FDA rules on Plan B, but not on judge's order

In a move that appears to be testing the waters, the FDA on Thursday approved Plan B One-Step emergency contraception for sale to girls and women ages 15 and older without a prescription and said it no longer could be kept behind the counter. 

The agency was quick to point out that this decision was of an amended application made by manufacturer Teva Pharmaceutical Industries ($TEVA) and is "independent" of a federal judge's ruling earlier this month that the FDA must make the contraceptive available to all females of reproductive age without any restrictions. The agency is still deciding whether to appeal that decision.

In fact, under the new rule the drug will come with lots of restrictions. The product will now be labeled "not for sale to those under 15 years of age *proof of age required* not for sale where age cannot be verified," the agency said. "Plan B One-Step will be packaged with a product code prompting a cashier to request and verify the customer's age. A customer who cannot provide age verification will not be able to purchase the product. In addition, Teva has arranged to have a security tag placed on all product cartons to prevent theft."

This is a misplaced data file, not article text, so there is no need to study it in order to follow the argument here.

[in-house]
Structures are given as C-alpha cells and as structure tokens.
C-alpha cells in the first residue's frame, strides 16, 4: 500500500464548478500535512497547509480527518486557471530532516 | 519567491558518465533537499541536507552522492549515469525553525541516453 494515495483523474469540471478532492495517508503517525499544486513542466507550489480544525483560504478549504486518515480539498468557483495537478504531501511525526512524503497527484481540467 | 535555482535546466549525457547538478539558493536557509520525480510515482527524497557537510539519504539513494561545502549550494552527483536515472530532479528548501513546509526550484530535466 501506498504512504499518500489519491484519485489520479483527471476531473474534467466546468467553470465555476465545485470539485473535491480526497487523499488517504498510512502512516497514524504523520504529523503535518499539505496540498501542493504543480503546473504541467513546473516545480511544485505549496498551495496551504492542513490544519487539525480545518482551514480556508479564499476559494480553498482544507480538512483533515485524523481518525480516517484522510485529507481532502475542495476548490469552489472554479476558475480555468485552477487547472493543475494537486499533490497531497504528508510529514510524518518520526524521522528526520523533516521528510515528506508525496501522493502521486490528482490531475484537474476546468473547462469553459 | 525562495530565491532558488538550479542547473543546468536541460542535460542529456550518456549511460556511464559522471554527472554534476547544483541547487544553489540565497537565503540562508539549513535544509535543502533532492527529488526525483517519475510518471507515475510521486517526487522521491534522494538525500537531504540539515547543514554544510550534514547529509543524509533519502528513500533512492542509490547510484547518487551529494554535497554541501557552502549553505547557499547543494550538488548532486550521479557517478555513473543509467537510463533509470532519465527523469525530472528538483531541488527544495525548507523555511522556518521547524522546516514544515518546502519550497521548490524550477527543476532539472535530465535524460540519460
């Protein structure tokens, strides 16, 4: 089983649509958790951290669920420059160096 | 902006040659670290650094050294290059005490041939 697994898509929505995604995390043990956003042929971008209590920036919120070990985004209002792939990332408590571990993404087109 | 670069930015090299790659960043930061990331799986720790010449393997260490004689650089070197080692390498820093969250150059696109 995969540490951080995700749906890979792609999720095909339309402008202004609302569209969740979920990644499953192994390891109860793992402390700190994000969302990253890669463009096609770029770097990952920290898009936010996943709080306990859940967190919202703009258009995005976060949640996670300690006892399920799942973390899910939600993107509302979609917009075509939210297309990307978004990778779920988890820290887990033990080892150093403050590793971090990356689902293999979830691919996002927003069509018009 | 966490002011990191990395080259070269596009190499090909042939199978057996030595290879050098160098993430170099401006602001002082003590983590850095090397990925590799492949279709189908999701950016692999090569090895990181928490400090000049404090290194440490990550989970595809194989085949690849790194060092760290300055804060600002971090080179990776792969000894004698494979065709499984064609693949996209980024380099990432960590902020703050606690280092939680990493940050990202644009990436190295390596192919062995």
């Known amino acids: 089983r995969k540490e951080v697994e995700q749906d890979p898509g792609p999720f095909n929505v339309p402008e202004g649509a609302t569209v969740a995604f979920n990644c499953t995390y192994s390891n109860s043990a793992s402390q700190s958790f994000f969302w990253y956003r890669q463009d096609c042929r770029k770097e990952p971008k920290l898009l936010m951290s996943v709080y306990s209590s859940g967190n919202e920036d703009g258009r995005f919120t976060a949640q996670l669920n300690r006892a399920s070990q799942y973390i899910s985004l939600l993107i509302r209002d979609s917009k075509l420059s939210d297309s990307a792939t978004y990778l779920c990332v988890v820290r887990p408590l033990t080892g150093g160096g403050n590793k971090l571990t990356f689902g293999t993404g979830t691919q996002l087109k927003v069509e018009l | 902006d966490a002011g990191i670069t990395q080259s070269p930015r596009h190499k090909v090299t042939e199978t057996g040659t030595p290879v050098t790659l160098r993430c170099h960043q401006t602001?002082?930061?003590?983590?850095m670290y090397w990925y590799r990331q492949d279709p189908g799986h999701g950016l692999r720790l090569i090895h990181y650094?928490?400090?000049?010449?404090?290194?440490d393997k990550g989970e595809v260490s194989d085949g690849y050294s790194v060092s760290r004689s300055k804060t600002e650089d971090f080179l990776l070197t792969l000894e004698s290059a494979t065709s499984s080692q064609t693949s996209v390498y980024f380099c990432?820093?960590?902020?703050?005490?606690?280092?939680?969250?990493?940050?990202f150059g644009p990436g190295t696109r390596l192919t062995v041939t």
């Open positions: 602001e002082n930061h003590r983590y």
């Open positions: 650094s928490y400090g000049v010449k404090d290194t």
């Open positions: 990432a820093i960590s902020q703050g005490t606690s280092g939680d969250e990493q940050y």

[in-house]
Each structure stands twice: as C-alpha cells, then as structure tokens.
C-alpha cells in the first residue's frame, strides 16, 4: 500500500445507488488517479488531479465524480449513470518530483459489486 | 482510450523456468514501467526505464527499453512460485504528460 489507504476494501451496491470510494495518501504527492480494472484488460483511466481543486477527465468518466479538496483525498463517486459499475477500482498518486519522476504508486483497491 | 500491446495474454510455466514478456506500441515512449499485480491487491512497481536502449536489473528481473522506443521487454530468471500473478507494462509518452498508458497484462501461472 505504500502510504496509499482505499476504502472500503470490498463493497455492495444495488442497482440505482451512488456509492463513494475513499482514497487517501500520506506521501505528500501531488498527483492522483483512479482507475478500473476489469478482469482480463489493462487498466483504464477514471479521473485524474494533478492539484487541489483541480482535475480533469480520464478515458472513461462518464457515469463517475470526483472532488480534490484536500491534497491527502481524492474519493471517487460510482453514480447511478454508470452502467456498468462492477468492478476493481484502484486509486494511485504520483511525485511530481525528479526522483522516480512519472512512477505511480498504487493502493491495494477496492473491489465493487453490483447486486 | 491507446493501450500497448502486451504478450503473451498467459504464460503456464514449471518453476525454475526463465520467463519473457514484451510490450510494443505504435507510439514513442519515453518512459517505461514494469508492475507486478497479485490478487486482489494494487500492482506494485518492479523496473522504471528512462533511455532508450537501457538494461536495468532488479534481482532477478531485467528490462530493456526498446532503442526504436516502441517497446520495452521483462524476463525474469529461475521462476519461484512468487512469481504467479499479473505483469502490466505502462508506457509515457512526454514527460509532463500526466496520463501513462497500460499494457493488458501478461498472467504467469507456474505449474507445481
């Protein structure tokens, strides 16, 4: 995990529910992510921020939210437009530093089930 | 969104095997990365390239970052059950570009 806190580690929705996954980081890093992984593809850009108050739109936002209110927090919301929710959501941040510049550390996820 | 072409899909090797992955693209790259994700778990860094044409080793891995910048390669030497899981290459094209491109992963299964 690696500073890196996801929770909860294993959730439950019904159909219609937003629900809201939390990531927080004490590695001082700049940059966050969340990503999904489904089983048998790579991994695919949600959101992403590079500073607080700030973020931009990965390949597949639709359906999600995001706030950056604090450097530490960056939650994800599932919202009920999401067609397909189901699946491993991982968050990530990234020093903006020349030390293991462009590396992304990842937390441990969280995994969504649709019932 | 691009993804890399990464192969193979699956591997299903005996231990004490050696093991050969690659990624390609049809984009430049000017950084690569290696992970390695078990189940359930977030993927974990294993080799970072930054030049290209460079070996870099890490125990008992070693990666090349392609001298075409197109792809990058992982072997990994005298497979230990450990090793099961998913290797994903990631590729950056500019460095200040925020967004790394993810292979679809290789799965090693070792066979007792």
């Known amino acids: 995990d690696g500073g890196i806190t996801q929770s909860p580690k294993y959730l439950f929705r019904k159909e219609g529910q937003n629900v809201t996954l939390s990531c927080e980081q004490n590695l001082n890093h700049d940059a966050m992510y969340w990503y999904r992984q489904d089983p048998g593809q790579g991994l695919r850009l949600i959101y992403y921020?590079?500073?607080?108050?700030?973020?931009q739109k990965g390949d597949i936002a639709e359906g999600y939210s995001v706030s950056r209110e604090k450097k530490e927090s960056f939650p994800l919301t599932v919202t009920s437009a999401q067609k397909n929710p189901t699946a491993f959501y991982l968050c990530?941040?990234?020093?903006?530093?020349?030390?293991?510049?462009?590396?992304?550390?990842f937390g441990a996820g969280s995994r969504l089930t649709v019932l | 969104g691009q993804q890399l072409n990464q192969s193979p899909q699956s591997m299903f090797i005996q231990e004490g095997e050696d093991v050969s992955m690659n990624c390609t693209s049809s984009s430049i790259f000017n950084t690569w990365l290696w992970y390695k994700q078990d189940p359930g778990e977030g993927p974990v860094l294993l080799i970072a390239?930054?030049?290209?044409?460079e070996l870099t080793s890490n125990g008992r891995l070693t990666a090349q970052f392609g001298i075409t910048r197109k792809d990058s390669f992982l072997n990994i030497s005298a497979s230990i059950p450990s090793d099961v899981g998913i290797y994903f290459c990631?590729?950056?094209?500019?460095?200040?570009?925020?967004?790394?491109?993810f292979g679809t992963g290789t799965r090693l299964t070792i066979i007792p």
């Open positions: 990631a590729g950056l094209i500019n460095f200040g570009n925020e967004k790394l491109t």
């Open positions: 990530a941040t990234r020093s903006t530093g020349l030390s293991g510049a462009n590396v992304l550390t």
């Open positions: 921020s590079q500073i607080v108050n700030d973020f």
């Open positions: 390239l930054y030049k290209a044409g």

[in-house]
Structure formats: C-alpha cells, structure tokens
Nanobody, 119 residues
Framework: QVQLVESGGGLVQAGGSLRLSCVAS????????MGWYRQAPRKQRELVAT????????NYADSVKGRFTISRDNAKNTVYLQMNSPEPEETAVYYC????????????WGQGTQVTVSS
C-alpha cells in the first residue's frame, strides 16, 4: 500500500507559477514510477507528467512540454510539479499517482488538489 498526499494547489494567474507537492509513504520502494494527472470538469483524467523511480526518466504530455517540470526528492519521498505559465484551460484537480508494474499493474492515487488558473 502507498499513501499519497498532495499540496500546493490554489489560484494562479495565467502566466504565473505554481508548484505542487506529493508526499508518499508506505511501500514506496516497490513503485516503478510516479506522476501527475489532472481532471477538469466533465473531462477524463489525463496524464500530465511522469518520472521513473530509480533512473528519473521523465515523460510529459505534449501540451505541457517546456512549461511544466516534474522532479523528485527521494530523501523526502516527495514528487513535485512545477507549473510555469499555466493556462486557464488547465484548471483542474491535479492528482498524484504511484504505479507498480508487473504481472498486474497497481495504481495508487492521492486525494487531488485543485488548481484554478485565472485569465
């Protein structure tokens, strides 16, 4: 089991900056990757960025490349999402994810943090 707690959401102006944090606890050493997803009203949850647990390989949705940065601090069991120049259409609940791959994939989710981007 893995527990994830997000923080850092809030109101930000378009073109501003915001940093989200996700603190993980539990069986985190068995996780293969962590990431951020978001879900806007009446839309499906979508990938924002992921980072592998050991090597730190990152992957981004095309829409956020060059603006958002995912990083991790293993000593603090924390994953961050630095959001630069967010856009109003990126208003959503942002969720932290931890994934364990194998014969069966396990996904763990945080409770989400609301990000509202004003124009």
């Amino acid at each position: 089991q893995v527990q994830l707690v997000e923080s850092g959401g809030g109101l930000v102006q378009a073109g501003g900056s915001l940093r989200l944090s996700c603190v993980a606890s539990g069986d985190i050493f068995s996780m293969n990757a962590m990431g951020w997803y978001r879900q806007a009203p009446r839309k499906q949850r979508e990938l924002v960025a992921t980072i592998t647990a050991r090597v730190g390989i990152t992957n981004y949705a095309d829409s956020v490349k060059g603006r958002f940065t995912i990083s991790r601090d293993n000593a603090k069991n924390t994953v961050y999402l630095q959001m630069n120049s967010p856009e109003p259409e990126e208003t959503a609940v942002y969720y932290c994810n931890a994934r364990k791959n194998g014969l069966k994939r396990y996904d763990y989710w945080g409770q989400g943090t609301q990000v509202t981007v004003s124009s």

Teva made this application after the controversial move in 2011 by HHS Secretary Kathleen Sebelius to overrule the FDA's decision to make the so-called "morning-after pill" available to girls without restrictions. That led to a very public duel between Sebelius and FDA Commissioner Margaret Hamburg, who said FDA scientists concluded that it would be safe and effective for adolescent females to use Plan B. It was the first time an HHS chief had publicly contravened an FDA commissioner's decision and was largely seen as caving to political pressure.

Tuesday Hamburg said her decision was again based on science and that making the drug available could reduce the chance of unwanted pregnancies in girls and women after unprotected sex. The agency pointed out that "Plan B One-Step will not stop a pregnancy when a woman is already pregnant, and there is no medical evidence that the product will harm a developing fetus."

According to NBC News, Planned Parenthood lauded the decision as a move in the right direction, while the Center for Reproductive Rights said it was not enough to address the barriers compromising women's rights.

- here's the FDA announcement
- get more from NBC News

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